S.S. Percier 1945



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The Percier was a  Belgium steamer who’s original name was “War Buffalo” launched in Newcastle in 1918. She was part of a convoy, BTC 65, when she was torpedoed by the German submarine UB 1017 commanded by Werner Riecken and his crew of 34. The Percier’s   Captain Mathieu, First Officer Lardinoy and Commodore Wood braced  themselves, expecting a second torpedo. Also onboard were many crew who had survived the sinking of the Leopoldville, which, torpedoed, sank off Cherbourg on Christmas night, 1944.



Steel Transport Steamship


Northumberrland Shipbuilding Co. Ltd. Yard No. 248

Owner when sank

Cie Maritime belge CMB Lloyd Royal Antwerpeni


122 m x 16m x 8.7M Draught


4.7” stern gun and two 20mm Oerlixcons


517hp cruising 10kts




She had a cargo of boxes of powdered egg, tins of baby food, meat and woollen blankets. Fourty four of her crew were saved out of the Persier’s complement of 63. Some of the lifeboats had broken away and some were shattered by the turning propeller. Once abandoned she drifted into the night, stern high, bow down and was last seen seven miles north of the Eddystone lighthouse.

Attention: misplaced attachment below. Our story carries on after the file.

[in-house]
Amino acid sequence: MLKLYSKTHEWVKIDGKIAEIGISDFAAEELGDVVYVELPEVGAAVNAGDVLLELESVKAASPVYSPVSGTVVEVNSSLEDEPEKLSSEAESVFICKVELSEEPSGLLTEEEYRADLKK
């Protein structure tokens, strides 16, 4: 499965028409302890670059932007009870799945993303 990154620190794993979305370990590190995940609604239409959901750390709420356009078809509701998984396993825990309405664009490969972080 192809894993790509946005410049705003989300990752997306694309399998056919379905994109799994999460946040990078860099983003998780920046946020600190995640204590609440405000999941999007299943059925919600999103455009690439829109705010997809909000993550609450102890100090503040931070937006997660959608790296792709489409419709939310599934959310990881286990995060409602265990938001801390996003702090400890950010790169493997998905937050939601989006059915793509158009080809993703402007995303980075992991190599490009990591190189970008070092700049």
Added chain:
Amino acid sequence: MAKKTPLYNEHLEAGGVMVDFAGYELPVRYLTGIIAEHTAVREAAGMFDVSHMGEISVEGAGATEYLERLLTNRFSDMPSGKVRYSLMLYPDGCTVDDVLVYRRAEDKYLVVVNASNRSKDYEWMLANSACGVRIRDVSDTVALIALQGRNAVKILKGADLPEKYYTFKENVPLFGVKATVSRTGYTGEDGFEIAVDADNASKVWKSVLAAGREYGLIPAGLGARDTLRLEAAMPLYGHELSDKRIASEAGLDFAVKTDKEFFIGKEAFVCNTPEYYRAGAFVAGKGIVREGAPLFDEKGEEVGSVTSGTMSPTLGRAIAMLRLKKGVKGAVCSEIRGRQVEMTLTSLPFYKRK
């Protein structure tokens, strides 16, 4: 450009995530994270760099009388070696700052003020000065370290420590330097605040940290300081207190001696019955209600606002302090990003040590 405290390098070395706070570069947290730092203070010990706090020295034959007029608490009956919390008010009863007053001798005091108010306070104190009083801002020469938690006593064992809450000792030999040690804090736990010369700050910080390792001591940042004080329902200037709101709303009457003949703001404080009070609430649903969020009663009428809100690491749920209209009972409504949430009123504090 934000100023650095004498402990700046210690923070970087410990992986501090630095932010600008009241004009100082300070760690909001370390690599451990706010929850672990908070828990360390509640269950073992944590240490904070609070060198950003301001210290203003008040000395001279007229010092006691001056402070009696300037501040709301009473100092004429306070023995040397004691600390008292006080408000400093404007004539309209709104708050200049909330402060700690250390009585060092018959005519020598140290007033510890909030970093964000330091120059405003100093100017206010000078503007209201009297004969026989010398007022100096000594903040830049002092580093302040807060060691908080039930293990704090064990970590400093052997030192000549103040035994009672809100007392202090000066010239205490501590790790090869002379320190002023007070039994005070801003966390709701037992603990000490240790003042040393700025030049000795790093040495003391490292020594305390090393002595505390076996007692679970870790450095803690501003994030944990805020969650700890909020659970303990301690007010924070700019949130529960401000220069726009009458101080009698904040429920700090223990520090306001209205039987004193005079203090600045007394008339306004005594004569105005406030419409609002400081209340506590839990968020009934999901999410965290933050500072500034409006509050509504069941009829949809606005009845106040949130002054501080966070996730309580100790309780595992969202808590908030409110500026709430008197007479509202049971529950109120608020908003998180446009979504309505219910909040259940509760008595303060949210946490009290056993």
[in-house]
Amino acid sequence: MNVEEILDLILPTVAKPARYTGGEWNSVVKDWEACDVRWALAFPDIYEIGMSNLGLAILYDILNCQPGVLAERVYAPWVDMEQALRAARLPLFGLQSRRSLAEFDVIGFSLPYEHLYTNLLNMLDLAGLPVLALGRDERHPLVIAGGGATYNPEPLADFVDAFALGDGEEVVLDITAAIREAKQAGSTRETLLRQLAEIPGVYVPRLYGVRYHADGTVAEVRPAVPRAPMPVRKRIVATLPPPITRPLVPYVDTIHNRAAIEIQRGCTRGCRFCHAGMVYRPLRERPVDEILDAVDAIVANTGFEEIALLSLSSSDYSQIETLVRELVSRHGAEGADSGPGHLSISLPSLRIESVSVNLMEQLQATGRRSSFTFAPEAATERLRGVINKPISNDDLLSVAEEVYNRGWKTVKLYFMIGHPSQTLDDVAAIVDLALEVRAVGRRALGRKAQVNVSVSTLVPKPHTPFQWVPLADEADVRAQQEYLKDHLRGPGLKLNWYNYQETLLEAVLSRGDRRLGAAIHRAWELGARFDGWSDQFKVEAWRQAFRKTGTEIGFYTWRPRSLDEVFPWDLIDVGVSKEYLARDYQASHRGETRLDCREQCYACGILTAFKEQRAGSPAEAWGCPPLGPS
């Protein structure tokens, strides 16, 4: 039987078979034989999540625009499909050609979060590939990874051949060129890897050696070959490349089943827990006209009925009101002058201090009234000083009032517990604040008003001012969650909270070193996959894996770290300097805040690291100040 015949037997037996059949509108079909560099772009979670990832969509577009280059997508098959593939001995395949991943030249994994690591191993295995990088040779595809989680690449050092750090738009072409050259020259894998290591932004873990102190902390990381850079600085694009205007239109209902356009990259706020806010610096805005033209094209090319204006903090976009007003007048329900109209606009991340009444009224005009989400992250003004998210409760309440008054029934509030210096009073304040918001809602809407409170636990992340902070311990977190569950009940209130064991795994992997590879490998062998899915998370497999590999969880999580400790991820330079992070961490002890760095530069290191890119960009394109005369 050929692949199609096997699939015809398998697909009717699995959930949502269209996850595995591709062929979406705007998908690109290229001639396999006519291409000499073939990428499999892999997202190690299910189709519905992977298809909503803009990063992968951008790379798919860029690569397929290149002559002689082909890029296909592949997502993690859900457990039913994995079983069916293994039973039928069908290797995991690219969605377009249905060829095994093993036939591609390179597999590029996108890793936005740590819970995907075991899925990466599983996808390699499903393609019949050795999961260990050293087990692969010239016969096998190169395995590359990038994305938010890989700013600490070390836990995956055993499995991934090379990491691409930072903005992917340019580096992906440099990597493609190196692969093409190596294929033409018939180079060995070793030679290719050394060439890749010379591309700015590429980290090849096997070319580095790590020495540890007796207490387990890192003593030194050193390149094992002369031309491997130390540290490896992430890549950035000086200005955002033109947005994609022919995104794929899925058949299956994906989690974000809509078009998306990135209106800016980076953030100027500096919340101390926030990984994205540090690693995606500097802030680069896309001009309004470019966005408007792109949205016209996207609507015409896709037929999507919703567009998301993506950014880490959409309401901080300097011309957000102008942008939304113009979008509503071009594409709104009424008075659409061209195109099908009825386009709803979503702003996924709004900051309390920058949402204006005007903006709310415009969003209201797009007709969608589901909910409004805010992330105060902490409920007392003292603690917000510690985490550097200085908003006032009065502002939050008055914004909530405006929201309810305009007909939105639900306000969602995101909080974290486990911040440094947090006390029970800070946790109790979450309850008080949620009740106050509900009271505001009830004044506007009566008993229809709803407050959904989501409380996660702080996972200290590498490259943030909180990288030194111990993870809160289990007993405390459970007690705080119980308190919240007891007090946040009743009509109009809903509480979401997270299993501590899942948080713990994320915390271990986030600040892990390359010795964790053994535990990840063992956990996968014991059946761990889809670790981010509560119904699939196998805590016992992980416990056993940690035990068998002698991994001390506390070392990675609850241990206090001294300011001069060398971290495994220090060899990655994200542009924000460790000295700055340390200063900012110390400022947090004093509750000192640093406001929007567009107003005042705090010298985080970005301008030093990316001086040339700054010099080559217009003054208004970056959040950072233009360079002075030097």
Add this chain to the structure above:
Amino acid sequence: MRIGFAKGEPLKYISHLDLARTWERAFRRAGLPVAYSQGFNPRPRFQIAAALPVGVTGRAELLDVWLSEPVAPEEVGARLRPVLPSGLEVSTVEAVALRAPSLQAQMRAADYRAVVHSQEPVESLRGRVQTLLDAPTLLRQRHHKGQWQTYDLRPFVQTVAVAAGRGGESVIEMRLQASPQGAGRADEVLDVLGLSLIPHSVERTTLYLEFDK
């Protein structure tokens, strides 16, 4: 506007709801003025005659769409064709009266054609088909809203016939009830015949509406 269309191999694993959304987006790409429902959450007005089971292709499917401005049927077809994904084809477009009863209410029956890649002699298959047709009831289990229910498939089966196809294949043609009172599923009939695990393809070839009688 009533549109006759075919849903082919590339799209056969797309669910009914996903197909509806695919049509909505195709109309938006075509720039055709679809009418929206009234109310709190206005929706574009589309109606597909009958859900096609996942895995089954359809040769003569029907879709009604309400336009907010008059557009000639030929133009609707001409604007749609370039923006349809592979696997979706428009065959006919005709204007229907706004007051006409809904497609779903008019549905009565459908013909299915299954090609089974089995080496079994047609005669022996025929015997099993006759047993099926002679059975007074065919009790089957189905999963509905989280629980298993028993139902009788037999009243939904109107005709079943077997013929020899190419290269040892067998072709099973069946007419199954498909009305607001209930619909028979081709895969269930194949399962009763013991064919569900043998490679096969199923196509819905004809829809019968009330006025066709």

The Persier today is right off the mouth of the Erme with her bows to the south-west. Her bow is her highest point about 10m above the seabed at 28m. She is over on her port side and very broken amidships, where she is lying over rock outcrops. Her centre has collapsed inwards. The three boilers are clear to see. Nearby is an 8ft anchor. Her propeller, three guns and the bell have all been salvaged. She is owned by Plymouth Sound BSAC.


   Photos Steve Clarkson